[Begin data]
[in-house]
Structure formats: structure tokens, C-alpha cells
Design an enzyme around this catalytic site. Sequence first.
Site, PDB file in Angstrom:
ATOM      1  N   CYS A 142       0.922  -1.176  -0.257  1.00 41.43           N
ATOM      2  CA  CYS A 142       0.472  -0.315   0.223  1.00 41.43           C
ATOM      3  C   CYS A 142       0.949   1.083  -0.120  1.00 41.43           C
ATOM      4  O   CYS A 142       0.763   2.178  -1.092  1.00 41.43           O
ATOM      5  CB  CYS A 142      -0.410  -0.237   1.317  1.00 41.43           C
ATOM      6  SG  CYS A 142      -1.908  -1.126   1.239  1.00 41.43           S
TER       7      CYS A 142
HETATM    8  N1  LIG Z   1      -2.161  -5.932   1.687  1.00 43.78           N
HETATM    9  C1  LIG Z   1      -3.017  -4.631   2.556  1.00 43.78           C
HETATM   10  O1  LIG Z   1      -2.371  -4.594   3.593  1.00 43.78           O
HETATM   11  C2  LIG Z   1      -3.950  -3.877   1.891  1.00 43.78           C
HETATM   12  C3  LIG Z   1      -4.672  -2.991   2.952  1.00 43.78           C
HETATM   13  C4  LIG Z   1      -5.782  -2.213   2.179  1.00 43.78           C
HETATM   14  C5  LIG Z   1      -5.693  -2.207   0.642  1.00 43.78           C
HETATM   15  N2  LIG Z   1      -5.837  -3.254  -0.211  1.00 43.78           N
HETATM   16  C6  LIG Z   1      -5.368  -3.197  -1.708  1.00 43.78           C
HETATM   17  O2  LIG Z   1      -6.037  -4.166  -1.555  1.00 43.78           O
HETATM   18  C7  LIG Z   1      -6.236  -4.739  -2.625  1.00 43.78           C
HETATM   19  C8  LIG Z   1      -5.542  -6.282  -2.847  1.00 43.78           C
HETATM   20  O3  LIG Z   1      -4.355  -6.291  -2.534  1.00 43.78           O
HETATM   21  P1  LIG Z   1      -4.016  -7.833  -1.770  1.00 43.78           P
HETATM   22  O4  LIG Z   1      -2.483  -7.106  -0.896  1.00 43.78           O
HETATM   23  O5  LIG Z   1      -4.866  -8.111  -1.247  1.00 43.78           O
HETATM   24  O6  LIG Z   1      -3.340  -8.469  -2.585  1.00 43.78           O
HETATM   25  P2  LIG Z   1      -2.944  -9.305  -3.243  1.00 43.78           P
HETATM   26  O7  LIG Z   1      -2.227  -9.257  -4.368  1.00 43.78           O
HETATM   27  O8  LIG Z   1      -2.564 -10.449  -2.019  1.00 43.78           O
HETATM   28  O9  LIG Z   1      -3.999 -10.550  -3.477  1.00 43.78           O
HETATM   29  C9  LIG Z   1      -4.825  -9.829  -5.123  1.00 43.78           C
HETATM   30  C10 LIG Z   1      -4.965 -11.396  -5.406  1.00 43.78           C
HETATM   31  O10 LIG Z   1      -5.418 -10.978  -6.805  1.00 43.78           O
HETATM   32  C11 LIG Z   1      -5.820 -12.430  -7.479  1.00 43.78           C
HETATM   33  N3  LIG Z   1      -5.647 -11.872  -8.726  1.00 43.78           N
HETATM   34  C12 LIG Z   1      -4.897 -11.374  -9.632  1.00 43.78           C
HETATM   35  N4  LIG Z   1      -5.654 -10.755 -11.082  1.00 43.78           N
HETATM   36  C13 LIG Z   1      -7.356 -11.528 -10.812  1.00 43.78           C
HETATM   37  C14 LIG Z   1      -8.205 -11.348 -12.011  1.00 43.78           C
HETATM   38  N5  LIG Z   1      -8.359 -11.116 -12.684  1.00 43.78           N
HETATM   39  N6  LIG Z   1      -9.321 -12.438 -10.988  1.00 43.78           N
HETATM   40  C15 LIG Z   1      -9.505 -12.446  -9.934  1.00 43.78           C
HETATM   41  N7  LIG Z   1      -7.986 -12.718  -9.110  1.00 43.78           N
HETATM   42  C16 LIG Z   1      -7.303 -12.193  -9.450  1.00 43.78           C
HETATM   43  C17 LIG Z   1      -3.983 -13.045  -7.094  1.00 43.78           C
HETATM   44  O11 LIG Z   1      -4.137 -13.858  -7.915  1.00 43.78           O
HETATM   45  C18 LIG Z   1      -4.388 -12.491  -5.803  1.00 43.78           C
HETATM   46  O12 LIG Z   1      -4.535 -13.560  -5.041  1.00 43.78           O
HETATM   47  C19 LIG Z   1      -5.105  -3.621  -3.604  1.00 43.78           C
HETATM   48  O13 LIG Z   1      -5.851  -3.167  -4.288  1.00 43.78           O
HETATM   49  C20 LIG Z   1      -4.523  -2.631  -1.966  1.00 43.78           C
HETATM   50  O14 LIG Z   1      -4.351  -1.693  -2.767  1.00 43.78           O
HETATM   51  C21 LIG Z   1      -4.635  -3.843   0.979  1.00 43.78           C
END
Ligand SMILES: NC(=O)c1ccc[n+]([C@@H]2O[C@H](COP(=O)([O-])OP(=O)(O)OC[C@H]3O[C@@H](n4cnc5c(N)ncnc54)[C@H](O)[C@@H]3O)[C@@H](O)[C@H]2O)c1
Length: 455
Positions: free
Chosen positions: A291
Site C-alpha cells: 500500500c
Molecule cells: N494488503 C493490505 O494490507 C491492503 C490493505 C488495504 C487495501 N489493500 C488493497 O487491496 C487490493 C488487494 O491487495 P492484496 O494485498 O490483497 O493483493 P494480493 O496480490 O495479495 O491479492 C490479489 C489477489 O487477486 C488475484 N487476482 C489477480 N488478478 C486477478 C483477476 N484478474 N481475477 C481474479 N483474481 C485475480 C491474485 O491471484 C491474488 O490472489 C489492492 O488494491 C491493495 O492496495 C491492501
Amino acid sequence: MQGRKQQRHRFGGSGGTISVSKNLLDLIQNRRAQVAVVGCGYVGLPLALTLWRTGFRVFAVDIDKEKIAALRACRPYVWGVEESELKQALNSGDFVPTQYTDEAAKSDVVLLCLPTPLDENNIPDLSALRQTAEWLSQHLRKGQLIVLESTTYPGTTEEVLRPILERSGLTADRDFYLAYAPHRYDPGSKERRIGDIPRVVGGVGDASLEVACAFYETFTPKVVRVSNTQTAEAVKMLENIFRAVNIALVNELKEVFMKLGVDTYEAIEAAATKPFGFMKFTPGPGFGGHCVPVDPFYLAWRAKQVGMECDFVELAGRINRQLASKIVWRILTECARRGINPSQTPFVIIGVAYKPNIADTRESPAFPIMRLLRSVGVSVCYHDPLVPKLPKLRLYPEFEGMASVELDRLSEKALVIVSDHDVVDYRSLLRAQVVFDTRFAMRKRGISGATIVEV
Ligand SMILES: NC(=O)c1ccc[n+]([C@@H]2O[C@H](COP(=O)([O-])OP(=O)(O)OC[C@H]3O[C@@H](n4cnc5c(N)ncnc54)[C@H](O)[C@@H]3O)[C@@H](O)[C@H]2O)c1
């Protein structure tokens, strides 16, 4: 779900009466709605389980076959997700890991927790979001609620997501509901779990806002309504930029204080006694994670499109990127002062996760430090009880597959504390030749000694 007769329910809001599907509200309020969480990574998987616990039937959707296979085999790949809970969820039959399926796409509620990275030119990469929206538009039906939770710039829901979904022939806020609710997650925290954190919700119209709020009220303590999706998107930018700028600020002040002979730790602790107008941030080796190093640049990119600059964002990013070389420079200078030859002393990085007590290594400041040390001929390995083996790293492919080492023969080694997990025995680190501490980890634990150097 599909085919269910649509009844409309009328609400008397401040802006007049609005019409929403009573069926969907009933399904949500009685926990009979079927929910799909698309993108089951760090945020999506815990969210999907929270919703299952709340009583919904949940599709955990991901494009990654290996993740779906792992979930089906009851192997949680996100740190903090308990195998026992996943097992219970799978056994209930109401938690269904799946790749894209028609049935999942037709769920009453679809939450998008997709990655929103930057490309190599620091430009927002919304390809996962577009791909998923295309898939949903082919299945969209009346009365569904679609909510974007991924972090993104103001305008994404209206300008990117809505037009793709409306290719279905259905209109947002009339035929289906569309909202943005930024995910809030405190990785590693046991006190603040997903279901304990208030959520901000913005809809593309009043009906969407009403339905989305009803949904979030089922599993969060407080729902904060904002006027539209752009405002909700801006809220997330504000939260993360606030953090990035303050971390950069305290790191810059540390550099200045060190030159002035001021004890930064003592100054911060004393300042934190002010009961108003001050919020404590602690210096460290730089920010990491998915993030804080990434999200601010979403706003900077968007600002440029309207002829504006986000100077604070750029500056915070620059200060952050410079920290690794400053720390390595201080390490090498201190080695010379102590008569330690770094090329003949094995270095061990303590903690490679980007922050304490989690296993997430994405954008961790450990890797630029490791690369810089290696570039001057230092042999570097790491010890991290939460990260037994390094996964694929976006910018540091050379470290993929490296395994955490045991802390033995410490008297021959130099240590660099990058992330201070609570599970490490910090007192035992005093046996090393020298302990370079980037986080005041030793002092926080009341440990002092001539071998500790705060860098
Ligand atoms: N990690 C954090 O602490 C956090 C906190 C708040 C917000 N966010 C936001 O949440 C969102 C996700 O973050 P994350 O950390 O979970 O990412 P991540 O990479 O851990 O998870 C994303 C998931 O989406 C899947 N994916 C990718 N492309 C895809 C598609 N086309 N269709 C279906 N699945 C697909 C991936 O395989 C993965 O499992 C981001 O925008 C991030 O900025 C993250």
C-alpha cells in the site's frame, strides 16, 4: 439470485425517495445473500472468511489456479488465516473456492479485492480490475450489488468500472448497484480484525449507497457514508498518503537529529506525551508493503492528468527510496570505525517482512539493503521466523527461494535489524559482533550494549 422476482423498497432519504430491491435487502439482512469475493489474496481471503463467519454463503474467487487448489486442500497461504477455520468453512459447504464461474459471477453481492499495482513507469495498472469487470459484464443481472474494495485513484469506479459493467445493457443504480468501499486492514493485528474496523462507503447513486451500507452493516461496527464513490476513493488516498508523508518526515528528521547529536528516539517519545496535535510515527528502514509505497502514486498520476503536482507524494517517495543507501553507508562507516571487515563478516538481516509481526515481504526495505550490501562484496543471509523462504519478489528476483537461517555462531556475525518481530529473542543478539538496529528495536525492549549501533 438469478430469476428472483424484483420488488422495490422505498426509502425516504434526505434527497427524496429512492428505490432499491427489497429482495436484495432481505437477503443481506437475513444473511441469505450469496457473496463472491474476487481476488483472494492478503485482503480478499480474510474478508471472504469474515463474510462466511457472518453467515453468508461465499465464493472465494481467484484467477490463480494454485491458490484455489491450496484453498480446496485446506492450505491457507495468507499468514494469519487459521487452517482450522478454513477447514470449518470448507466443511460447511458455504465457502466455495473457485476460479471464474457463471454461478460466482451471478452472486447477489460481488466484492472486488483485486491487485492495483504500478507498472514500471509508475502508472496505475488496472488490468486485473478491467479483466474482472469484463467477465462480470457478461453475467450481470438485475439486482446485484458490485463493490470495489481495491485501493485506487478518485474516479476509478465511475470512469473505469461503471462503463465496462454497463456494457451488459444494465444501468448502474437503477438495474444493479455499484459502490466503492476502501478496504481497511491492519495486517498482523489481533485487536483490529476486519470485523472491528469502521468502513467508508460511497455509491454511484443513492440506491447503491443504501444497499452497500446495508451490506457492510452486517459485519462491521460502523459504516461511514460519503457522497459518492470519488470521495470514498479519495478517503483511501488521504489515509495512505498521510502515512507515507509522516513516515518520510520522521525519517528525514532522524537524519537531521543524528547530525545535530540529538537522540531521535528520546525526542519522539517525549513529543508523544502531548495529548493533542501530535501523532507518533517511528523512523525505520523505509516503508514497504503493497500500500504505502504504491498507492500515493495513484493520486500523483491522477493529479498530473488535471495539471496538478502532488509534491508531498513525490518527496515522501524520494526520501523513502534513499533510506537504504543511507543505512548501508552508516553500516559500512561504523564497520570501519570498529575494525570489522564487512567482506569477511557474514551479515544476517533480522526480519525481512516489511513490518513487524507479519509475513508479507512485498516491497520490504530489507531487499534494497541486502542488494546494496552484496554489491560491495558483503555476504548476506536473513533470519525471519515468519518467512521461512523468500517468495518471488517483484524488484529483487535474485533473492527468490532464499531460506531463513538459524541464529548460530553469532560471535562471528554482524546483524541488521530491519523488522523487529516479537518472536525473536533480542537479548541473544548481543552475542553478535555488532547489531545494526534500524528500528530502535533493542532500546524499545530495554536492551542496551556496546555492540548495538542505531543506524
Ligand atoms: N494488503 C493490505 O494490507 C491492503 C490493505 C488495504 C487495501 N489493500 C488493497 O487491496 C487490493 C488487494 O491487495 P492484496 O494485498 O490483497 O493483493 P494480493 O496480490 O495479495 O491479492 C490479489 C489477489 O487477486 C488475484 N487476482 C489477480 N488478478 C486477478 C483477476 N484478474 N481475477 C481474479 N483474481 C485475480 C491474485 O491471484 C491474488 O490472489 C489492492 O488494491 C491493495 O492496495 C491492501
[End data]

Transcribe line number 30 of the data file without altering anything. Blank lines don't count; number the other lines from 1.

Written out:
HETATM   26  O7  LIG Z   1      -2.227  -9.257  -4.368  1.00 43.78           O